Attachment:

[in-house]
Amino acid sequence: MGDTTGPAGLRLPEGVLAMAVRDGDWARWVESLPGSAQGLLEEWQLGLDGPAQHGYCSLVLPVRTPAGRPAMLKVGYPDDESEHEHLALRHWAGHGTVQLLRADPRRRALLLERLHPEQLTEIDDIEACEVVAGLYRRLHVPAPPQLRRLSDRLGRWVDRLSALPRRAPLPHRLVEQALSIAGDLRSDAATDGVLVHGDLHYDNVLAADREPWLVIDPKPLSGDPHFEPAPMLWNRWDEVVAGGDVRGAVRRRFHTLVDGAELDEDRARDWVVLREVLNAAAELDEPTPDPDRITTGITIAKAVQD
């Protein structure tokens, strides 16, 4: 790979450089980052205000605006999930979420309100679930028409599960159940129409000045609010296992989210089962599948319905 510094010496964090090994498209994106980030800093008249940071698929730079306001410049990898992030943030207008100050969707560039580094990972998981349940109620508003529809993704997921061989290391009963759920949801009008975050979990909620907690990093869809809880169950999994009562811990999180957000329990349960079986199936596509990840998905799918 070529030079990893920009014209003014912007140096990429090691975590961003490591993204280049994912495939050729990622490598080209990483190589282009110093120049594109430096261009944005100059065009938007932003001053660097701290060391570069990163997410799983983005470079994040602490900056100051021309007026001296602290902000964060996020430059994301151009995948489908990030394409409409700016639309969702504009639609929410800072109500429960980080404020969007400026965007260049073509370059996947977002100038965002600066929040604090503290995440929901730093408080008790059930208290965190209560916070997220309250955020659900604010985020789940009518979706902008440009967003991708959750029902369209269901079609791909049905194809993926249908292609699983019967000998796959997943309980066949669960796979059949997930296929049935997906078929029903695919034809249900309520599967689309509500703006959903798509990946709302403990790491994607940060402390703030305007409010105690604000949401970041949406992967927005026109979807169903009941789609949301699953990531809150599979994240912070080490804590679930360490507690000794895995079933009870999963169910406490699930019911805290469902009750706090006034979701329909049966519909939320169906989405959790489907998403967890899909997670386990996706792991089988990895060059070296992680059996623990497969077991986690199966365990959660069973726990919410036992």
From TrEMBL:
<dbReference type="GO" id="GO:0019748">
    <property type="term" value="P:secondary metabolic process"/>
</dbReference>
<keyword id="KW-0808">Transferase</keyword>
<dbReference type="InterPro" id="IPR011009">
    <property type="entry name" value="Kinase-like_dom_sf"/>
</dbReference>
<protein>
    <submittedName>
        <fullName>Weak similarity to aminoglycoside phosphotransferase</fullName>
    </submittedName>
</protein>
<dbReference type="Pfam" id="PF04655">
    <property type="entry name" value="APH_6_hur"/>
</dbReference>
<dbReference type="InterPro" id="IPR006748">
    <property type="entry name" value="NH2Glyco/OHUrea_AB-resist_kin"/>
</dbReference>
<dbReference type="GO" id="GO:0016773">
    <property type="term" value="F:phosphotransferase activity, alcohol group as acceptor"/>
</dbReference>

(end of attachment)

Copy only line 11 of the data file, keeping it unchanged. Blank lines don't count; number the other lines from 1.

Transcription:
</dbReference>